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The $40 Billion LNG Energy Project for BC

So, it’s just another pipeline, right?

Global Influencer

Global Influencer
Global Influencer

Would you rather see the ocean seabed covered in five inches of sludge killing everything it covered or LNG that will change into a gas outside its container and vaporize into the surroundings? It’s funny because both scenarios involve Canadian pipelines.

Canadian Prime Minister Justin Trudeau announced October 2, 2018 the largest energy investment ever made in Canada. He was so thrilled he almost kissed the Premier that had orchestrated the downfall of the Trans Mountain Pipeline. Trudeau made the announcement several times because he liked the sound of it – the largest energy investment ever in Canada.

The deal, of course, is the $40 billion Liquid Natural Gas (LNG) pipeline and refinery in British Columbia put together by five conglomerates over 7 years in the making. The partners are Royal Dutch Shell RDS.A, Mitsubishi Corp. MUFG, Malaysian-owned Petronas, PetroChina Co. PTR and the Korean Gas Corp.

Premier Horgan of British Columbia was quick to point out, to his credit, that the project was a formidable one that included previous governments and many stakeholders.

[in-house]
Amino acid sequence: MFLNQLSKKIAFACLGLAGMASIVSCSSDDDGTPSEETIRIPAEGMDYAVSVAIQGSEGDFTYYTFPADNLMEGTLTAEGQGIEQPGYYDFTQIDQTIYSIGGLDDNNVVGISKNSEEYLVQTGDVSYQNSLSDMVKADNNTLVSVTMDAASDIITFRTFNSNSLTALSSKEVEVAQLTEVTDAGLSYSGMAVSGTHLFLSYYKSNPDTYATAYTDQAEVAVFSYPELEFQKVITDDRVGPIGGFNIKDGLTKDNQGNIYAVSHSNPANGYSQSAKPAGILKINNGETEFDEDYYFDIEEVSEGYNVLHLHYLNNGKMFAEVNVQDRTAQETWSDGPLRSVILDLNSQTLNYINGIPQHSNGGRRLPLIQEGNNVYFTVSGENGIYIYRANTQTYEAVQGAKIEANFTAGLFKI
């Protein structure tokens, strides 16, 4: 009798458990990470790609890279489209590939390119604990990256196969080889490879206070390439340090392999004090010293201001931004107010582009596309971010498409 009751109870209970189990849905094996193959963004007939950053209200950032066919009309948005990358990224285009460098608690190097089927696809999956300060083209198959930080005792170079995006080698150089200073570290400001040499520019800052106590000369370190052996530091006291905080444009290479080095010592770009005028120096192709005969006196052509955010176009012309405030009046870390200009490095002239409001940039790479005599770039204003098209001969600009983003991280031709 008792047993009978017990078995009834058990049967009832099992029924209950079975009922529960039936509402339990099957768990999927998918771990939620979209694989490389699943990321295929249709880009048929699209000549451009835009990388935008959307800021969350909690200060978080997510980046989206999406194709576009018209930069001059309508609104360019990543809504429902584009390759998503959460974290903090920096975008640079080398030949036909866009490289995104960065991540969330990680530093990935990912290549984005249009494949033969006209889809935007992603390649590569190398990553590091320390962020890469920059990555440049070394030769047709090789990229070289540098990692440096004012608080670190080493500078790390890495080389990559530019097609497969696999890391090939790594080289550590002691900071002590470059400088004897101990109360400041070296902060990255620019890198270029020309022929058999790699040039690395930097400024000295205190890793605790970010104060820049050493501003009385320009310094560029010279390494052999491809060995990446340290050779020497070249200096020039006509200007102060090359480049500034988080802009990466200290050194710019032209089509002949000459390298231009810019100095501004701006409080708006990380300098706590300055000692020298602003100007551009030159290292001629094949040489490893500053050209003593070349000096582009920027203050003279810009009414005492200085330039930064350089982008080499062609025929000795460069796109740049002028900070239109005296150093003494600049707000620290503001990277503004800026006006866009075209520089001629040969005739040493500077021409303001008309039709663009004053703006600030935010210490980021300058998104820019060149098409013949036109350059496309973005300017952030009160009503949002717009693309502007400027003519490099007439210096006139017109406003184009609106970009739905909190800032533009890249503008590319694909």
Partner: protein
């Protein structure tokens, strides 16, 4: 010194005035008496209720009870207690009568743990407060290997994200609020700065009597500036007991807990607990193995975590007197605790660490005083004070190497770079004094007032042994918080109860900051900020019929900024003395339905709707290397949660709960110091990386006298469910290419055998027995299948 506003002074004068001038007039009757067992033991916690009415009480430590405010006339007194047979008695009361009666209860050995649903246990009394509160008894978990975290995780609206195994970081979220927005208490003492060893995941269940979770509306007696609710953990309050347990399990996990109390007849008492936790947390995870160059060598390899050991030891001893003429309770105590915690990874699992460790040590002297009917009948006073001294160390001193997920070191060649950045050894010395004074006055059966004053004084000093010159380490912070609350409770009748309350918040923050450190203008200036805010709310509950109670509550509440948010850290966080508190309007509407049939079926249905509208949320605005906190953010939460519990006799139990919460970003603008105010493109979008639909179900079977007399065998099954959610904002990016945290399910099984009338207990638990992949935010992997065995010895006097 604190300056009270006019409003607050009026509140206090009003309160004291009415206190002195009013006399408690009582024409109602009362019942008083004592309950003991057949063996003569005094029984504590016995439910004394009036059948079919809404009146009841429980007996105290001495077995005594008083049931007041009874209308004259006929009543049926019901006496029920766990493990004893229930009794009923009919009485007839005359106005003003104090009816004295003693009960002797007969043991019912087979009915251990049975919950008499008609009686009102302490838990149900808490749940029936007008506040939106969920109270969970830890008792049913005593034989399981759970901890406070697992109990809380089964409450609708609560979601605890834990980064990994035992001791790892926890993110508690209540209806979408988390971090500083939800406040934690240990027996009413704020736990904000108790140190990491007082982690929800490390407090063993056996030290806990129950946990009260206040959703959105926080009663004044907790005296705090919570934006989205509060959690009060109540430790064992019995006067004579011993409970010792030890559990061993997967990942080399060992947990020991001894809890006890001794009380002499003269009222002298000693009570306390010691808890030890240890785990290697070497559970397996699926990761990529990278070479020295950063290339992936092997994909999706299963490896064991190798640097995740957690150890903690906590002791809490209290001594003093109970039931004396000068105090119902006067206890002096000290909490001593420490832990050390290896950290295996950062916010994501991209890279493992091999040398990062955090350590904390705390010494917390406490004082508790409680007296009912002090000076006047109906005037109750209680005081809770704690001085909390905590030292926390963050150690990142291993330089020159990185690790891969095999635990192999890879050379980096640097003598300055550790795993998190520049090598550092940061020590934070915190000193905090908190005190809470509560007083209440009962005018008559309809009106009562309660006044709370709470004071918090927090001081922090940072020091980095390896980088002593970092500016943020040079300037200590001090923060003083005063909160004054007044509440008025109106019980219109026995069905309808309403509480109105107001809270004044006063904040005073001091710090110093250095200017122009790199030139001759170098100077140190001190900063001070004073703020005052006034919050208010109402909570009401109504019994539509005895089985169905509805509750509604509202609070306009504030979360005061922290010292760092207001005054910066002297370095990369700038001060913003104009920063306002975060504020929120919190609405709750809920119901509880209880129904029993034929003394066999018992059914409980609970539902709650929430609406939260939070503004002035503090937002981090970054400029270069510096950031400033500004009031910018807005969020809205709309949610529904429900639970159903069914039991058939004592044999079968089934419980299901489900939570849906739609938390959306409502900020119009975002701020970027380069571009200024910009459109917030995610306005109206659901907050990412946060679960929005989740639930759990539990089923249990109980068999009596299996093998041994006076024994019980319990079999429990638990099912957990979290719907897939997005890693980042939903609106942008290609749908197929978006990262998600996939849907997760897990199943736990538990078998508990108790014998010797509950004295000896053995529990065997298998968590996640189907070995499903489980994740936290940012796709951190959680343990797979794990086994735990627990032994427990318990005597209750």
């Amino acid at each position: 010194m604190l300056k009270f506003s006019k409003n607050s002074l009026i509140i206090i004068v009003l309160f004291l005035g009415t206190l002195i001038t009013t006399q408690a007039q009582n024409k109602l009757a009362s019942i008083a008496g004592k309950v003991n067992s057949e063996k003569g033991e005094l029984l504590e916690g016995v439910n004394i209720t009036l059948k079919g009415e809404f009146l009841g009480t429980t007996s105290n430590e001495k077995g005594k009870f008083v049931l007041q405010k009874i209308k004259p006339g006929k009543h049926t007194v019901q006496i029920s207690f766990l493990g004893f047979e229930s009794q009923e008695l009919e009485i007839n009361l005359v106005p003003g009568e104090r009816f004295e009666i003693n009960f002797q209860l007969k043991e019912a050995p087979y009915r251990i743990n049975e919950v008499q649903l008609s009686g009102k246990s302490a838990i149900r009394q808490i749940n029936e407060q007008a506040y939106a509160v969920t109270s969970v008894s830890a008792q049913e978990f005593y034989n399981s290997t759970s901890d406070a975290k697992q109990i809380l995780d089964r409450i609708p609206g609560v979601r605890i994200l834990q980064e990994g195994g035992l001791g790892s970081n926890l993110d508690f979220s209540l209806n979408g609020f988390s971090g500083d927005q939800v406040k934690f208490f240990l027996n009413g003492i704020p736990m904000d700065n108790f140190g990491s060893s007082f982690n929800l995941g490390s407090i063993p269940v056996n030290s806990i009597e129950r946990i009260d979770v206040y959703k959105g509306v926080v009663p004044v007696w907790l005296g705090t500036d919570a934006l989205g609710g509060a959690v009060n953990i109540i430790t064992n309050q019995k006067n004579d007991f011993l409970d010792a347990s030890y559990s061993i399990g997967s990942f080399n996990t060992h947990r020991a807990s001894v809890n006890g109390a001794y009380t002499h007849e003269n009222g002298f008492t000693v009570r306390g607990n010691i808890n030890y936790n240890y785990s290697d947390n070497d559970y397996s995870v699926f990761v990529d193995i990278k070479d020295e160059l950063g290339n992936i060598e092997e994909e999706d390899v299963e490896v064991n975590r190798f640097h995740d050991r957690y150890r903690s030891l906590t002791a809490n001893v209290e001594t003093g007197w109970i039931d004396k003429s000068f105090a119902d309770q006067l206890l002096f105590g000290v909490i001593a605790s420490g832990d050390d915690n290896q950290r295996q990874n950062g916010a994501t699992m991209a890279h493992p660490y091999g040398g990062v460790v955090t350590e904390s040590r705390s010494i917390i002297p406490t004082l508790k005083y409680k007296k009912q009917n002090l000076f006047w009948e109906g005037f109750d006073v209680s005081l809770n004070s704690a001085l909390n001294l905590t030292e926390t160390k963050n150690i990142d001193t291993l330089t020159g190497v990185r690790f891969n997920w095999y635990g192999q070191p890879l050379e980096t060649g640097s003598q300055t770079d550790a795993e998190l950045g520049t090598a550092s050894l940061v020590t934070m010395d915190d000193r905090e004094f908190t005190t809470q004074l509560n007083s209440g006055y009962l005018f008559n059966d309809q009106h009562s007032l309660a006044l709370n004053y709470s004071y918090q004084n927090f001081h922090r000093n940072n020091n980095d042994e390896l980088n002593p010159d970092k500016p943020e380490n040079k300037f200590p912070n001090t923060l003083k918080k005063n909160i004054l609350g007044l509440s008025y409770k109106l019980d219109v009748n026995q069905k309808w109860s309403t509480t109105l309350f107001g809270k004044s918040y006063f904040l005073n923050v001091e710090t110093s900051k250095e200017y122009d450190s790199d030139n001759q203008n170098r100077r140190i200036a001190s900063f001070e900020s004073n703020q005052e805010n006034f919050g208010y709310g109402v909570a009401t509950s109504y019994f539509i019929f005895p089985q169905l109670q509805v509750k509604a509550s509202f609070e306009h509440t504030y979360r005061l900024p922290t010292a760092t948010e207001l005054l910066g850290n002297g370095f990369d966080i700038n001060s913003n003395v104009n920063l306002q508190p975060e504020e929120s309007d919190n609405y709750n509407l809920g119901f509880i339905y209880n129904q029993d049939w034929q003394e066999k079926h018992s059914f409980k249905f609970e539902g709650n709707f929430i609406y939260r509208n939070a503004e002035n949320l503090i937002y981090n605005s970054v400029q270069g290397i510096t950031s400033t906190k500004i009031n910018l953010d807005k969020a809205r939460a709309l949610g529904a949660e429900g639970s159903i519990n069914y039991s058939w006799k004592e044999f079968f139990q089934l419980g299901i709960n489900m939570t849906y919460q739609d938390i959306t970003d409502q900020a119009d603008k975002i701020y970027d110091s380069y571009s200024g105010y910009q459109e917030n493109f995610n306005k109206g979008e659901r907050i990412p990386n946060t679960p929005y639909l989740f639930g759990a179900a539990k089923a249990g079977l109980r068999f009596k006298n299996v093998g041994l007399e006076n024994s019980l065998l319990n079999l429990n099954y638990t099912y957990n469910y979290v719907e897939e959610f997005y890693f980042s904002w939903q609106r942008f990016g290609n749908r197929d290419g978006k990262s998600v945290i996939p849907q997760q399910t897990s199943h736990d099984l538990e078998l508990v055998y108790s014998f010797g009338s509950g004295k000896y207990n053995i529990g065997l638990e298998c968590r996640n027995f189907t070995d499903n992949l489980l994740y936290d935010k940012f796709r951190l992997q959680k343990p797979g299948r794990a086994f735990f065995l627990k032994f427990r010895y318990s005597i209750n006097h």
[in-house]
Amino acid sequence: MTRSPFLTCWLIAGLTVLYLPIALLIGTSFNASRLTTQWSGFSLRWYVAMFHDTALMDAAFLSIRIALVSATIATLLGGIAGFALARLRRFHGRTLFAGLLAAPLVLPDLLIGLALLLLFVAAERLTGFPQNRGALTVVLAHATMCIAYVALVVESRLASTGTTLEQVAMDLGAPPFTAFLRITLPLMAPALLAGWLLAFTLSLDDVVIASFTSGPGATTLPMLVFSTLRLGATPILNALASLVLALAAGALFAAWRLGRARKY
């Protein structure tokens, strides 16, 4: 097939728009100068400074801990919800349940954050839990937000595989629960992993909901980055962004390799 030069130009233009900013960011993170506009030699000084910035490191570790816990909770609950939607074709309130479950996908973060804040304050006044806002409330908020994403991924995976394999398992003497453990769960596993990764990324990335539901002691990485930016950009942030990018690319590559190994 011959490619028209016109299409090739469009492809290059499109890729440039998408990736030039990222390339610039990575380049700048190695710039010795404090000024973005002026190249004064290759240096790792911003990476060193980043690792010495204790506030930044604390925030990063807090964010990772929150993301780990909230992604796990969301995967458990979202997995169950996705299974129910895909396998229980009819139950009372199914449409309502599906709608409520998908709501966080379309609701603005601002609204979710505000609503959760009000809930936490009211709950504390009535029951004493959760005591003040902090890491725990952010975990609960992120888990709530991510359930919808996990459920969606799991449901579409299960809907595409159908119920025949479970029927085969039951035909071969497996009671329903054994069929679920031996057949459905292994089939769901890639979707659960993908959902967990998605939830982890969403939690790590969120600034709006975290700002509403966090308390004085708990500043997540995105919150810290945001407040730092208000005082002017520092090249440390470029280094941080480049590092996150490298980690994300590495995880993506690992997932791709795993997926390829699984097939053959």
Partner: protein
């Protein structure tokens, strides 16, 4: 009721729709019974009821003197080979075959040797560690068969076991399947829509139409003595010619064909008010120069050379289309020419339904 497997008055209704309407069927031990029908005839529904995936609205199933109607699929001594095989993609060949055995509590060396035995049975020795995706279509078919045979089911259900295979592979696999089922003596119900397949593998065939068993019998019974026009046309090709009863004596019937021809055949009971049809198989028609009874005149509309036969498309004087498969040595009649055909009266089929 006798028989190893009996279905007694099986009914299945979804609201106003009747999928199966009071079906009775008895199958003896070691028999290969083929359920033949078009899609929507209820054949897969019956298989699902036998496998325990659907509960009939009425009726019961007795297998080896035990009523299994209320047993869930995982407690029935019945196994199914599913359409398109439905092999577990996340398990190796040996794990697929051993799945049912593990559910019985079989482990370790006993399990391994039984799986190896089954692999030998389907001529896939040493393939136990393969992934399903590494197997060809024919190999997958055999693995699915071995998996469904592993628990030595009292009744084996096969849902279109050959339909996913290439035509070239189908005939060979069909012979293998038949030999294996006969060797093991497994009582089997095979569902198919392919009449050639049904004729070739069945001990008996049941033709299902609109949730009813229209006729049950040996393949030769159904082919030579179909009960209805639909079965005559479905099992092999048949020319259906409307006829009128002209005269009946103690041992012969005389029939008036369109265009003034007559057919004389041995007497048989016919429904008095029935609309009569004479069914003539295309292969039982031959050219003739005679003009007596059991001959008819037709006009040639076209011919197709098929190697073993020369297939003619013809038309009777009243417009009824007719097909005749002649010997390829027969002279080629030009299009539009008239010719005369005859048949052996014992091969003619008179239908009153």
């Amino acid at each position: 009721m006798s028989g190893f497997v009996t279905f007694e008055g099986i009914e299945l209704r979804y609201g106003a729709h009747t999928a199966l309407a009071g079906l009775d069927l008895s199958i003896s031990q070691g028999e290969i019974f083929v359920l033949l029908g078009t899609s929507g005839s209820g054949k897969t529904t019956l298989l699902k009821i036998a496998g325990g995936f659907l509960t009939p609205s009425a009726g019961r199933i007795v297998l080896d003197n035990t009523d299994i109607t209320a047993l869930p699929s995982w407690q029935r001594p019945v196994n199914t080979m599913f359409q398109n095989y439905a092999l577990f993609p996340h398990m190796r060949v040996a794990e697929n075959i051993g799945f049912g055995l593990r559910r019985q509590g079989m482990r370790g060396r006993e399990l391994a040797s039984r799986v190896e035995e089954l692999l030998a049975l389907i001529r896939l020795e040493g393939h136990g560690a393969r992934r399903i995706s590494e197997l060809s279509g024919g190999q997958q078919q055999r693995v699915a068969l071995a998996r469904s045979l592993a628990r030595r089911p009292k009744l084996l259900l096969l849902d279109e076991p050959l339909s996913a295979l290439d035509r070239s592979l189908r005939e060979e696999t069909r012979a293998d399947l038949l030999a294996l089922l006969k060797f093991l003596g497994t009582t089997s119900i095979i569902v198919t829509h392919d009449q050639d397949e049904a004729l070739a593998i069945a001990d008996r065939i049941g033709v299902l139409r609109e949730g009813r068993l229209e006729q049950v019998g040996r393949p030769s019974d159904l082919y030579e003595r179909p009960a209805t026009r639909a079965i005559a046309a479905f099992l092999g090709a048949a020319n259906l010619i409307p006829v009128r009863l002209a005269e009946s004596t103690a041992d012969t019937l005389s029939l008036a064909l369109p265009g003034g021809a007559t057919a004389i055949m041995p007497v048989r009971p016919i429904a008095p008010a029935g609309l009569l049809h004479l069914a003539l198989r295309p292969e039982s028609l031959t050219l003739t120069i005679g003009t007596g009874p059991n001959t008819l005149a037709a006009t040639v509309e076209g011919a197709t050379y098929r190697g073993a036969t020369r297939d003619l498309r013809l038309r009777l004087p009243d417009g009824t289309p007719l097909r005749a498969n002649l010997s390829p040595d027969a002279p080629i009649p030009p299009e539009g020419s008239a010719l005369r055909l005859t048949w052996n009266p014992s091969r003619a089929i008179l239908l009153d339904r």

Now, LNG has its’ benefits including the cleanest burning fossil fuel and that it is part of a renewable energy plan when coupled with solar and wind. It will decrease the air pollution in Asia. Beijing will be able to see blue sky again.

It’s main claim to fame is that it is a transition fuel for Asia to go from coal to other forms of fuel probably oil. Once coal is removed as the main source of power in Asia the air quality will improve and the public health will improve (mainly in China).

LNG has a very high ignition point, around 1000F, and to ignite it must be in a specific mixture of 5-15% air and gas or it simply falls to the ground and dissipates on the way. It has minimal effect on man and beasts. It’s exploration on the surface has little impact on the environment unlike the Alberta Oil Sands (I prefer Tar Sands) that is a gross hole in the ground hundred of miles wide.

This LNG project will greatly benefit British Columbia to the tune of $22 billion over the next 25 years in taxes and such.

B.C. Energy Minister Michelle Mungall says LNG Canada won’t derail the provincial government’s greenhouse gas reductions while others say this could a greenhouse gas nightmare.

The C.D. Howe Institute released a report in August 2016 that concluded that Canada’s LNG exports could reduce carbon emissions in parts of Asia, but would likely increase emissions in the majority of other potential markets.

BC will need to build a pipeline from the LNG field to the producer. This pipeline has been quietly worked on for seven years and has been approved by all sectors of government, the National Energy Board (NEB) and 25 First Nations.

The product is innocuous, is a liquid that turns to a dissipating gas when exposed to air and is shipped to foreign ports in Asia via specially constructed containers aboard specially designed tankers that have not had an accident in 50 years with over four million miles of travel.